I was tempted not to mention anything about COVID-19 in this editor’s note. Over the past month I’ve heard the phrase “uncertain times” more often than I can count, and sometimes we all need a break from the news and daily reminders that the world is falling apart in one way or another. This time of social-distancing and self-quarantining has been a breeding ground for worry, fear, depression, and anxiety as many of us face difficulties and significant life changes.
But, then I remembered we also need to be reminded of the unexpected blessings. Many meaningless distractions have been removed. Time has slowed down as many activities have been put on hold. Families are forced to draw closer together. We’re yearning for the freedoms and relationships we often took for granted. We all appreciate toilet paper and hand sanitizer a lot more.
In all seriousness, this time has caused many to think about life in ways they may not have otherwise. Namely, is there a God? And if there is, what does all this mean?
Another question that I encourage you, the reader, to ask yourself during this time of reflection is: what about Jesus? Who is He? What is it about Jesus?
Though you won’t receive a direct answer about the character of Jesus here (I recommend reading the New Testament for that), you will find a space that explores the emotions, doubts, and certainties surrounding Christ. Maybe you’ve felt that Christianity doesn’t call to you, or that it doesn’t fit who you are. That you feel more alive in rejecting Christ than accepting Him (see Hannah Melin’s nonfiction story “My Ancestors Must Have Been Beasts”). Maybe Christianity feels like something foul, and foreign. Something that rubs against the grain of everything you know about life (check out DT Richards’s “It’s Only a Second You’re Down”). Maybe it makes you nostalgic for stain glass, for rosaries, for Mary, for a mother figure instead of a supposed all-knowing Father. Maybe Christianity makes you think of your upbringing, of youth groups and church camp and a simpler time before life became complicated (read Diane Vogel Ferri’s nonfiction piece “Come By Here”). Maybe it seems like a beautiful lie, symbolizing some unnamed goodness in the background to guard your mind when encountering the evil, death, and meaninglessness of the world.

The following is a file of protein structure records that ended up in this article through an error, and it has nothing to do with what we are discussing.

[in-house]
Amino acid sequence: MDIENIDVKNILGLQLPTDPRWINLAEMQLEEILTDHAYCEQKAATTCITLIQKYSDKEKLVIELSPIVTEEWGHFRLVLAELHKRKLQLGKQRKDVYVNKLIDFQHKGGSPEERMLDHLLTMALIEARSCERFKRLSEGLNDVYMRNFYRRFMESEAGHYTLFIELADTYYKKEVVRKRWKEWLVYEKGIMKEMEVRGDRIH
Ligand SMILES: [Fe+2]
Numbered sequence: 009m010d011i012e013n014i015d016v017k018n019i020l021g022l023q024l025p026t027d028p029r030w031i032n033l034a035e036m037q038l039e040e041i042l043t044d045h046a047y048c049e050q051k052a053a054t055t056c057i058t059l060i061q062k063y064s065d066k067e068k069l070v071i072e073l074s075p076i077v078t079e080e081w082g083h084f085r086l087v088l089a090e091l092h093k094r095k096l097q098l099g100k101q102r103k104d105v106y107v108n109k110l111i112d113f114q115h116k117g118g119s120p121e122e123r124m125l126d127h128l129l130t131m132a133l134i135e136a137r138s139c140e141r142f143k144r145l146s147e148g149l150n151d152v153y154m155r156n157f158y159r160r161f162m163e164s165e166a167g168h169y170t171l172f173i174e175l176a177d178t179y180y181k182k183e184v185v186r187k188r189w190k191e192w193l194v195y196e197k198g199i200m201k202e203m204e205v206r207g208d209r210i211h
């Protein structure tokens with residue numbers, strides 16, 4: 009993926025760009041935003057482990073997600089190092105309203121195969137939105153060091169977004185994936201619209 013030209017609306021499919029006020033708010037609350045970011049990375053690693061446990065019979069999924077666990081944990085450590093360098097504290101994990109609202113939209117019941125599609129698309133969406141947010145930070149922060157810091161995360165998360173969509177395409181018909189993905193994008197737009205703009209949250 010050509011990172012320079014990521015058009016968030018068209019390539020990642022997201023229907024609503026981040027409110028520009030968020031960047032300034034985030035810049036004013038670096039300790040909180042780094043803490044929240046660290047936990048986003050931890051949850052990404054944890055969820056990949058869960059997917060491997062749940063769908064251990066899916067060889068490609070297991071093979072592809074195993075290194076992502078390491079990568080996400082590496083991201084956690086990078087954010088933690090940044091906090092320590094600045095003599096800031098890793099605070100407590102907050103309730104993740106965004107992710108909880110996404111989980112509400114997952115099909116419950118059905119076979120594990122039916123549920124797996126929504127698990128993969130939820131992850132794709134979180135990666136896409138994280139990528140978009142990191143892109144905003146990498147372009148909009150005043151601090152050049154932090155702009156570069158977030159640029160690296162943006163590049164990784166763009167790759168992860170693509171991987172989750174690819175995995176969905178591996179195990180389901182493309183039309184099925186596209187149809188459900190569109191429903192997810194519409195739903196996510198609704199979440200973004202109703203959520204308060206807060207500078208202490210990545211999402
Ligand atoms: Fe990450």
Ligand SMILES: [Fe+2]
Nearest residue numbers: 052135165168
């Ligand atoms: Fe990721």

And maybe, just maybe, Christianity to you means truth. A light in the fog. Something clear, crisp, and more real than the real world. A life-changing, soul-altering reality that makes everything around you more alive. As a former Catholic (who still has a love for Catholics) turned atheist, turned agnostic, turned born-again, burning-heart Christian, I am fascinated by the way Jesus interacts with and influences the secular world. As a literature lover, I have a passion for reading the struggle and discovery between God and man through poetry, prose, and art. That’s why Heart of Flesh exists and it’s why I am thankful for the different voices and perspectives of the wonderful contributors (both believers and non-believers) of our third issue.
I will end this note by saying I pray that this issue sparks something in you. I hope that it plants a seed in your heart, or creates a yearning for the one that lingers in the background waiting for you to discover Him. And if to you these times seems painfully uncertain, I leave you with one certainty, one of God’s promises, first given to the Israelites, but then placed in the hearts of those adopted into the family of God:
“fear not, for I am with you;
be not dismayed, for I am your God;
I will strengthen you, I will help you,
I will uphold you with my righteous right
hand.” (Isaiah 41:10)
God bless you, and I hope you enjoy the third issue of Heart of Flesh.
Veronica McDonald is a writer, poet, artist, and editor/founder of Heart of Flesh Literary Journal. Her work has appeared or is forthcoming in Lost Pen Magazine, Inwood Indiana Press, Jersey Devil Press, Five on the Fifth, and Gingerbread House Literary Magazine, among others. She became a born-again Christian in July 2016 when Jesus saved her from anxiety, depression, and a nihilistic worldview. Learn more about her work at VeronicaMcDonald.com.